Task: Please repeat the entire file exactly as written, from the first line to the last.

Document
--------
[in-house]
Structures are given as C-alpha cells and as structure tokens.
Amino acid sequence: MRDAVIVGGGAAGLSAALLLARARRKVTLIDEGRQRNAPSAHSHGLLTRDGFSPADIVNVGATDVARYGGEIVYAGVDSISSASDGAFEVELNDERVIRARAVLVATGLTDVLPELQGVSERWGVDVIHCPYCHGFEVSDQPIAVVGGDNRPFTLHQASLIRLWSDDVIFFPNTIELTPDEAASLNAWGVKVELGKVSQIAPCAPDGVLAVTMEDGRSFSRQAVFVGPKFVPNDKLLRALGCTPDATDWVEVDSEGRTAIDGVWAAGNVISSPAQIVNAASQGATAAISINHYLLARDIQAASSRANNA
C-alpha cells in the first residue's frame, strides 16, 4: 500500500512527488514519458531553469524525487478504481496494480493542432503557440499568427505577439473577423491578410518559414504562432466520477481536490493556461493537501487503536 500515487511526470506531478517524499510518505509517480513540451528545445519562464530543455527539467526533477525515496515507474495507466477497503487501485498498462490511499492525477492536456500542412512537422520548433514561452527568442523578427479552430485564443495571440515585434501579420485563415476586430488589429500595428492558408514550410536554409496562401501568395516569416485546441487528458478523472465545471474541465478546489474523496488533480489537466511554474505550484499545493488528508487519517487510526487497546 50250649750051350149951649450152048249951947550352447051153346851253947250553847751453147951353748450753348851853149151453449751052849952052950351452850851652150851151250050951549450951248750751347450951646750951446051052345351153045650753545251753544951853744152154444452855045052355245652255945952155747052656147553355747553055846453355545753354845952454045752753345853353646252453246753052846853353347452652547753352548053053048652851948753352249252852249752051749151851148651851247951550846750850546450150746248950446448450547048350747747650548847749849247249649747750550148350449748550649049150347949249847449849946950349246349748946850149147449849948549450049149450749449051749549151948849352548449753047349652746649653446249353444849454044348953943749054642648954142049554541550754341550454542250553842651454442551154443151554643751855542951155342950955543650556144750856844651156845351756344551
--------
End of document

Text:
[in-house]
Structures are given as C-alpha cells and as structure tokens.
Amino acid sequence: MRDAVIVGGGAAGLSAALLLARARRKVTLIDEGRQRNAPSAHSHGLLTRDGFSPADIVNVGATDVARYGGEIVYAGVDSISSASDGAFEVELNDERVIRARAVLVATGLTDVLPELQGVSERWGVDVIHCPYCHGFEVSDQPIAVVGGDNRPFTLHQASLIRLWSDDVIFFPNTIELTPDEAASLNAWGVKVELGKVSQIAPCAPDGVLAVTMEDGRSFSRQAVFVGPKFVPNDKLLRALGCTPDATDWVEVDSEGRTAIDGVWAAGNVISSPAQIVNAASQGATAAISINHYLLARDIQAASSRANNA
C-alpha cells in the first residue's frame, strides 16, 4: 500500500512527488514519458531553469524525487478504481496494480493542432503557440499568427505577439473577423491578410518559414504562432466520477481536490493556461493537501487503536 500515487511526470506531478517524499510518505509517480513540451528545445519562464530543455527539467526533477525515496515507474495507466477497503487501485498498462490511499492525477492536456500542412512537422520548433514561452527568442523578427479552430485564443495571440515585434501579420485563415476586430488589429500595428492558408514550410536554409496562401501568395516569416485546441487528458478523472465545471474541465478546489474523496488533480489537466511554474505550484499545493488528508487519517487510526487497546 50250649750051350149951649450152048249951947550352447051153346851253947250553847751453147951353748450753348851853149151453449751052849952052950351452850851652150851151250050951549450951248750751347450951646750951446051052345351153045650753545251753544951853744152154444452855045052355245652255945952155747052656147553355747553055846453355545753354845952454045752753345853353646252453246753052846853353347452652547753352548053053048652851948753352249252852249752051749151851148651851247951550846750850546450150746248950446448450547048350747747650548847749849247249649747750550148350449748550649049150347949249847449849946950349246349748946850149147449849948549450049149450749449051749549151948849352548449753047349652746649653446249353444849454044348953943749054642648954142049554541550754341550454542250553842651454442551154443151554643751855542951155342950955543650556144750856844651156845351756344551